Governor Nathan Deal Friday announced his picks for a review panel in the case of state Representative Tyrone Brooks.
The Governor appointed House Minority Leader Stacey Abrams, D-Atlanta, and state Senate Minority Leader Steve Henson, D-Tucker.
By law, the review panel will also include state Attorney General Sam Olens, who is a Republican.
“I certainly think that this is not a partisan issue,” said Rep. Abrams. “It’s a matter of law that he has to convene this panel and certainly it’s best to have a panel that’s comprised of people both who have responsibility for leadership and who also can speak on behalf of the bodies we represent.”
The three-person panel must review the federal indictment against Brooks. He pleaded not guilty to 30 counts of tax fraud and other charges.
According to the indictment, Brooks used almost a million dollars in donations to his charity, Universal Humanities, for personal expenses.
“I think when you’re put in this position, your best course of action is to take politics out of it and personal relationships out of it and just look at the facts of the case and what the statute says and try to make an honest, fair decision in that regard and if you do that, you come out ahead in the long run,” explained Sen. Henson.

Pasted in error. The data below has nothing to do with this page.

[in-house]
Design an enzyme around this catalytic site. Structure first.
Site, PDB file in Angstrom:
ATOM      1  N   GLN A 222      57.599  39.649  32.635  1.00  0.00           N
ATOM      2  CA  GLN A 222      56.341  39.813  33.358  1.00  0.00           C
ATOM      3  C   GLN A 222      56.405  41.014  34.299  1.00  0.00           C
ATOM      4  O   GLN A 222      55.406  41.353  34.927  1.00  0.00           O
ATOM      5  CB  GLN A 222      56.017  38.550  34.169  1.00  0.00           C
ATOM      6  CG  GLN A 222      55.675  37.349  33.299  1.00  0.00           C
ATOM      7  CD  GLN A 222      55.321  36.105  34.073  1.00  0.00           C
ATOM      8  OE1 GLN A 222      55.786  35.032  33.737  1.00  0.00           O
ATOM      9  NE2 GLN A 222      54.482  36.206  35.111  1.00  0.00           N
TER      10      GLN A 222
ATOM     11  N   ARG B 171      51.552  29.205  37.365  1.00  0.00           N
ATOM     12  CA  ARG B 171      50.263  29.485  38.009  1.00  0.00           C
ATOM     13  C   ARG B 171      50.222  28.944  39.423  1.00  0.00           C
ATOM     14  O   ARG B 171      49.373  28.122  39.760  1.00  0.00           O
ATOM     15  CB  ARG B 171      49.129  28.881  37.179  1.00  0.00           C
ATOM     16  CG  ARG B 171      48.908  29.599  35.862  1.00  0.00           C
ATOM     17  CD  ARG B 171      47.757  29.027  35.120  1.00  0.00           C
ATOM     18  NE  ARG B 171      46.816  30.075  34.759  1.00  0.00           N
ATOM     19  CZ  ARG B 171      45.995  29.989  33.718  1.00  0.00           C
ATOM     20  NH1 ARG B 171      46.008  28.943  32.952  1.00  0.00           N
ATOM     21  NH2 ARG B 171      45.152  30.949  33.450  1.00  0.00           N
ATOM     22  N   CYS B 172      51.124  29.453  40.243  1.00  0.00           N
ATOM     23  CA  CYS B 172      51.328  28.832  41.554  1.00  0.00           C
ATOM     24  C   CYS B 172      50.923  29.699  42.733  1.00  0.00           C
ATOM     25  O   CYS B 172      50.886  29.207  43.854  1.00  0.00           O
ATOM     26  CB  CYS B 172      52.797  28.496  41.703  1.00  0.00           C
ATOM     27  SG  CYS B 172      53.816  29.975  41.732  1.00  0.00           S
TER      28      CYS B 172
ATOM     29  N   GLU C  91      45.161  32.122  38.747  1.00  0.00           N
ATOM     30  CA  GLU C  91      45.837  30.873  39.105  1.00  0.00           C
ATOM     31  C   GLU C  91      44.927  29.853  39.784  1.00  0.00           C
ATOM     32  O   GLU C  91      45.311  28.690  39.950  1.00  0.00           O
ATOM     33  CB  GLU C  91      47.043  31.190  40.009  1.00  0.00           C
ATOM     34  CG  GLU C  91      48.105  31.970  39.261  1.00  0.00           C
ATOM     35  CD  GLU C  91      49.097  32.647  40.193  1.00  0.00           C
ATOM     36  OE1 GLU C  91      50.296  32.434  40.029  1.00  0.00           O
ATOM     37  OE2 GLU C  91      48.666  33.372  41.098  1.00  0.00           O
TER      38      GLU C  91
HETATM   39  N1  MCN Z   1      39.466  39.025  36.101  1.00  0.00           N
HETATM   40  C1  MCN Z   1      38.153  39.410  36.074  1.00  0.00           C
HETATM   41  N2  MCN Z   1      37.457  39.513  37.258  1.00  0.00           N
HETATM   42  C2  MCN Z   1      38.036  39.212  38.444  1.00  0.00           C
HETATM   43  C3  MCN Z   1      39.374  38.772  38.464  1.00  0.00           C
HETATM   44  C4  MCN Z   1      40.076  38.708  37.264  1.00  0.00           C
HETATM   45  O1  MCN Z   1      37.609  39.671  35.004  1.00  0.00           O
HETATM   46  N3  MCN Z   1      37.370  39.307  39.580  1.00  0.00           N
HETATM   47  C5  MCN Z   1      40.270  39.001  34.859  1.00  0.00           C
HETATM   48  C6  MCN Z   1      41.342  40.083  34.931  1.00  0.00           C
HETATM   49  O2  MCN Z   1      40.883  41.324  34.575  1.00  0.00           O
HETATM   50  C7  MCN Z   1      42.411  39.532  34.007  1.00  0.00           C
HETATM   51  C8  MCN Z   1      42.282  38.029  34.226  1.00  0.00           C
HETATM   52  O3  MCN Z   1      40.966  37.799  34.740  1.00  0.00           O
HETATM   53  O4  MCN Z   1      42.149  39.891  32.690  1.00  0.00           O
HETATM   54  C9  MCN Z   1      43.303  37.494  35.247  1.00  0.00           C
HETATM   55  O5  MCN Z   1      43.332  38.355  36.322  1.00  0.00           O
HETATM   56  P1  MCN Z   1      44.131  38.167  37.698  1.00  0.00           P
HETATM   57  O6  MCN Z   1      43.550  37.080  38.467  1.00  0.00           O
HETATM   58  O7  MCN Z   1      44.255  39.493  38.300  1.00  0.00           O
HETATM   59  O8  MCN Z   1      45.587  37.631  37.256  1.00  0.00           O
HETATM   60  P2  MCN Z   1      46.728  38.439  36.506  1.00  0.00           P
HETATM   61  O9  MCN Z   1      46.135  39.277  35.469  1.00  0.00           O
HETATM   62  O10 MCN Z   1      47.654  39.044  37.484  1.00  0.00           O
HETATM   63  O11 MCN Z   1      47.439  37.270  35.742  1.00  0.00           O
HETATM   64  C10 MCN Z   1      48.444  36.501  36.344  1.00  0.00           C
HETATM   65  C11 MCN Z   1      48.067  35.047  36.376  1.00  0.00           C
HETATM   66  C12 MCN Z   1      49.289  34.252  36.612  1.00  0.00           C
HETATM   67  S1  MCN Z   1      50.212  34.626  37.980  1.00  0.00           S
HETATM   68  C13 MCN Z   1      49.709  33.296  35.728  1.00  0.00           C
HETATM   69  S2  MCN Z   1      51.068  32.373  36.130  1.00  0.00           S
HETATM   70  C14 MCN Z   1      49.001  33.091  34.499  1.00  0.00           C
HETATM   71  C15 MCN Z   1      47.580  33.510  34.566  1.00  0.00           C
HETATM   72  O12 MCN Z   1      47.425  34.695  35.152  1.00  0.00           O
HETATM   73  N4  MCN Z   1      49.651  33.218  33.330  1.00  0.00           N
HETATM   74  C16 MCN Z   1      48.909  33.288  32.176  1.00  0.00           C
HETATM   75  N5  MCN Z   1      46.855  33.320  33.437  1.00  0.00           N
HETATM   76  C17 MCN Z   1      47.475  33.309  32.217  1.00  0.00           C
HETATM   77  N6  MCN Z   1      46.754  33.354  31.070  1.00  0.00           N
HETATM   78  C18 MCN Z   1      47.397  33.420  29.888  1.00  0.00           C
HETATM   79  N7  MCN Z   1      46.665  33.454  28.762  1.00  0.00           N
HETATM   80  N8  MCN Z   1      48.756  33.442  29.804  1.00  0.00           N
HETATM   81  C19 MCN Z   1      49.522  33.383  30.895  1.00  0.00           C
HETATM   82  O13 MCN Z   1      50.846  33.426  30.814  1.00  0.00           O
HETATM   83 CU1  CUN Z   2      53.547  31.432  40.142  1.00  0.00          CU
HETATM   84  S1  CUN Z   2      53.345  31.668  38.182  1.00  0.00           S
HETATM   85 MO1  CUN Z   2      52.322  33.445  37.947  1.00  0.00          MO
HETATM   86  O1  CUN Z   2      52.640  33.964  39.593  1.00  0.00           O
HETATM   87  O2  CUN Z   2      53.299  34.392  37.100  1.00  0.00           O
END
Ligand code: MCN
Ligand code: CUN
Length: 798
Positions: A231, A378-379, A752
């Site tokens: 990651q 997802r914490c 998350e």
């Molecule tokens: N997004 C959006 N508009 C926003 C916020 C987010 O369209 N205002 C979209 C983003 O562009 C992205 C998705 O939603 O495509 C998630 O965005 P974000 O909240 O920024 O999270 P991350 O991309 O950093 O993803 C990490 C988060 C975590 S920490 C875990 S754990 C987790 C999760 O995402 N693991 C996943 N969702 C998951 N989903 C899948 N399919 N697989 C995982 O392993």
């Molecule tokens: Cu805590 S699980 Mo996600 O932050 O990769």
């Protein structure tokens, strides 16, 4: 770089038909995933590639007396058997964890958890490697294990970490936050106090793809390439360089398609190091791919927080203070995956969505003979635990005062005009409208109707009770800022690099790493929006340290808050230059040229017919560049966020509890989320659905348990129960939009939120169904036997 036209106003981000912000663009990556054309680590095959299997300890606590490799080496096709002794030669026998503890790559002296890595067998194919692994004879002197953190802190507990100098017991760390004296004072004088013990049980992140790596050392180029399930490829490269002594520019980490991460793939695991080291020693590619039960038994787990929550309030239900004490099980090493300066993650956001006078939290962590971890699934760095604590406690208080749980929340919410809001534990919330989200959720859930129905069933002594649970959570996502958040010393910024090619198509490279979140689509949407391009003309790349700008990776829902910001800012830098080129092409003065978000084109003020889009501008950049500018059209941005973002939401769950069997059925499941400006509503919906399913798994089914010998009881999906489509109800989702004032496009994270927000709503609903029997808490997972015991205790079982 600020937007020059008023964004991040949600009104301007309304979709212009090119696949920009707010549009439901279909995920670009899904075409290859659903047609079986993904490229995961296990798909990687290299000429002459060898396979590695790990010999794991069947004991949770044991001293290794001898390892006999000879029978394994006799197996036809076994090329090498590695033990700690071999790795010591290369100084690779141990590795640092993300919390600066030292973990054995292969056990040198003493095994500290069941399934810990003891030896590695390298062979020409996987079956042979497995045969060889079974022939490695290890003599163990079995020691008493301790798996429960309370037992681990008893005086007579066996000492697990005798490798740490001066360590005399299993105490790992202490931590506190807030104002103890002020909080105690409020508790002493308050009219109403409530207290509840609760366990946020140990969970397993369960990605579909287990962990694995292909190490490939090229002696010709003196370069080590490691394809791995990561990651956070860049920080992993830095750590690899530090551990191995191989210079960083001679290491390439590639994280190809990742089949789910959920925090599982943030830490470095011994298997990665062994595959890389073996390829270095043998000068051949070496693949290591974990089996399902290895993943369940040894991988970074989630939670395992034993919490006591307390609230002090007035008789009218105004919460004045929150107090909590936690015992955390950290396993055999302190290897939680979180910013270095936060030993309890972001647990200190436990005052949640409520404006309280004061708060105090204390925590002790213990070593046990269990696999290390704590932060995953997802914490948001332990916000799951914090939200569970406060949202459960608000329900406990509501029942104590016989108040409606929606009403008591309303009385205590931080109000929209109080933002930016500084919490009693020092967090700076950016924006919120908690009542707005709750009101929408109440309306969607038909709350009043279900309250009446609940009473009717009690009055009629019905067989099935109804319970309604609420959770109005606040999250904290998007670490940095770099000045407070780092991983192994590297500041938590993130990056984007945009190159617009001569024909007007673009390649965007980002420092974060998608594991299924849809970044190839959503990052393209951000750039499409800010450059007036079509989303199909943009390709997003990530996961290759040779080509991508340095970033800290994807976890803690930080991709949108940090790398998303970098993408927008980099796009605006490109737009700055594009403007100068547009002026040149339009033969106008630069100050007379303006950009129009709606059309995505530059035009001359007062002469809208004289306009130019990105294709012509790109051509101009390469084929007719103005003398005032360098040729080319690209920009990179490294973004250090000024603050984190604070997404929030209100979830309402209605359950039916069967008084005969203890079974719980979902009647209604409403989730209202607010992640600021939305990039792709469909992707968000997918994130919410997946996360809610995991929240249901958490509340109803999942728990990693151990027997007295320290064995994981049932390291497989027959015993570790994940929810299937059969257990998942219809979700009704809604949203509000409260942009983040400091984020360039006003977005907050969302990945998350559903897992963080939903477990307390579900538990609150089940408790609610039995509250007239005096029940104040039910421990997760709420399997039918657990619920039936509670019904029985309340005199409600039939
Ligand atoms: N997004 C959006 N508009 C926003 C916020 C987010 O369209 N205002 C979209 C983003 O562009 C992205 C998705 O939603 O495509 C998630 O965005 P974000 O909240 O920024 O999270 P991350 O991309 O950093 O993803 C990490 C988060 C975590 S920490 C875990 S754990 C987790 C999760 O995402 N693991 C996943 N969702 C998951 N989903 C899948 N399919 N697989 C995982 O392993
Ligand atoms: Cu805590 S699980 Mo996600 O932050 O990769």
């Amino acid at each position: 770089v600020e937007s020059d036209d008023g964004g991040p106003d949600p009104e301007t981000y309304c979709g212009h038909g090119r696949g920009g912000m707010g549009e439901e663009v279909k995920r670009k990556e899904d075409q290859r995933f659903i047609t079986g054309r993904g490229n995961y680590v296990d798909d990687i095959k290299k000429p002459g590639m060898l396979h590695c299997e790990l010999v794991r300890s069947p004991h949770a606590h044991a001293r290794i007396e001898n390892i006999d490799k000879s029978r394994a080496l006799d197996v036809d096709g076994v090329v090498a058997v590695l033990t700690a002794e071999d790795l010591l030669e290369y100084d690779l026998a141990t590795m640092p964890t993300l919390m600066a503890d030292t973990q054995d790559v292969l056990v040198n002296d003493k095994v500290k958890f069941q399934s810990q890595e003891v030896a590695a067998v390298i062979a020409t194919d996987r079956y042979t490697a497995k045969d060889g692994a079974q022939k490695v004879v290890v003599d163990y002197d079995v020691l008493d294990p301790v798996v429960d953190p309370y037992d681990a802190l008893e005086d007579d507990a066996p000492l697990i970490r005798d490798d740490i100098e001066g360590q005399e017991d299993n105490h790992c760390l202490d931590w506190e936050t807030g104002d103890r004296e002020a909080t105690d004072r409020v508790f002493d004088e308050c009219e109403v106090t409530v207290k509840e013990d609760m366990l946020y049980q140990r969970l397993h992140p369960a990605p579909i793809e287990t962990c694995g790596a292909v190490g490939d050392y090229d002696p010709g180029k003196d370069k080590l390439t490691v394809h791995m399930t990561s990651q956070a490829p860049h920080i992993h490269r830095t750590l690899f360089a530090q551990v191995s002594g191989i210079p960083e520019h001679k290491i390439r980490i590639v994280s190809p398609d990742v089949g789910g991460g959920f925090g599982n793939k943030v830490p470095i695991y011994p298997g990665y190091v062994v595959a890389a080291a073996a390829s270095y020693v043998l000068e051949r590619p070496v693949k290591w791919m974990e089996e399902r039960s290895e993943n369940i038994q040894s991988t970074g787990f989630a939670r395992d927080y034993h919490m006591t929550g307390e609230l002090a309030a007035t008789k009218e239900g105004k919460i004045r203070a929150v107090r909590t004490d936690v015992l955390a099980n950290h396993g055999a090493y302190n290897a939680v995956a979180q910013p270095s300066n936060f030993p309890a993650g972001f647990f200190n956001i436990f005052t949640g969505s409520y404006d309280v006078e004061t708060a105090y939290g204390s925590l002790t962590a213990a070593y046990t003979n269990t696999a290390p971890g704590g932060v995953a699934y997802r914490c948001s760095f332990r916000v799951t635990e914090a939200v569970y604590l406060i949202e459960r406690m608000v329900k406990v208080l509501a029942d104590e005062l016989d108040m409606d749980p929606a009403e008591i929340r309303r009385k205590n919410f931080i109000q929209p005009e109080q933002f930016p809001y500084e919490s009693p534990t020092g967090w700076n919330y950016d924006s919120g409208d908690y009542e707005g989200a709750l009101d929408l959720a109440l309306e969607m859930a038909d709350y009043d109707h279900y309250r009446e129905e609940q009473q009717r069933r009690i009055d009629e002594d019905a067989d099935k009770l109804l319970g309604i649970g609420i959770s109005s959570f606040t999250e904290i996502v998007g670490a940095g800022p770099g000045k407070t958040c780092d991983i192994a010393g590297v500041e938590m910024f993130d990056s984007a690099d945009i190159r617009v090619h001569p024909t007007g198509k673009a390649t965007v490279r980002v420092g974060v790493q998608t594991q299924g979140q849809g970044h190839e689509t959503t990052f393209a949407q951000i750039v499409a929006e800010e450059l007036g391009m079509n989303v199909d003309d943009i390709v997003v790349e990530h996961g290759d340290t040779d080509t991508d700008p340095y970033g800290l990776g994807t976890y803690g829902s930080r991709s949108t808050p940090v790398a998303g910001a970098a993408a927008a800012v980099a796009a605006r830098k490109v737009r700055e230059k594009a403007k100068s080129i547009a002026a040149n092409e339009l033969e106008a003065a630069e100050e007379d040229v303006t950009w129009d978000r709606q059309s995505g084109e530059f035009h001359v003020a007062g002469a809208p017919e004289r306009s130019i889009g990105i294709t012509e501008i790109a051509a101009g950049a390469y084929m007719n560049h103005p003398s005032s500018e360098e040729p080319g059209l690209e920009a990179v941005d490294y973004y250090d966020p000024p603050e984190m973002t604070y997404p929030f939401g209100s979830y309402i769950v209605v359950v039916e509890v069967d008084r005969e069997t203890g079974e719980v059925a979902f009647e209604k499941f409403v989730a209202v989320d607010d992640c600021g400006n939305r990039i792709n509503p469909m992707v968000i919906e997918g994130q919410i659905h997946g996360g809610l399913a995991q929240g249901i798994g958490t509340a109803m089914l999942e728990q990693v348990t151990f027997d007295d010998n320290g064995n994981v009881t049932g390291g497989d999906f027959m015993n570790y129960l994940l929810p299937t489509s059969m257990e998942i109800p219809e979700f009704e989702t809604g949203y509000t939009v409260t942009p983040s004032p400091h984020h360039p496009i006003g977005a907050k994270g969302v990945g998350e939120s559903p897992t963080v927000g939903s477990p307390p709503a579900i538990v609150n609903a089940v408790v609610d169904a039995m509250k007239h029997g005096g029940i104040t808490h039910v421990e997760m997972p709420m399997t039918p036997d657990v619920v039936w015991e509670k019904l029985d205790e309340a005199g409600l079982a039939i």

The panel can only decide whether to suspend Brooks from office, not remove him from the position.
“I think it’s impossible not to concern ourselves with the implications, but I think we also have to concern ourselves with the implications of setting a precedent either by removing him or not, that is not in concert with the other beliefs that we have as a nation,” said Abrams.
“We believe in responsibility. We also believe in innocent until proven guilty. We believe that there are things you can do that impede how you operate effectively. We also recognize that there are things that you do that really have no relevance. The whole, I think, point of this panel is to balance those things,” she explained. “If it were that easy, it would be an automatics suspension and there would be no need for a panel.”
Under Georgia law, if suspended, Brooks would continue to receive his state salary and benefits, but cannot participate in state business. The suspension would last until Brooks’s term ends or until the case ends in his favor.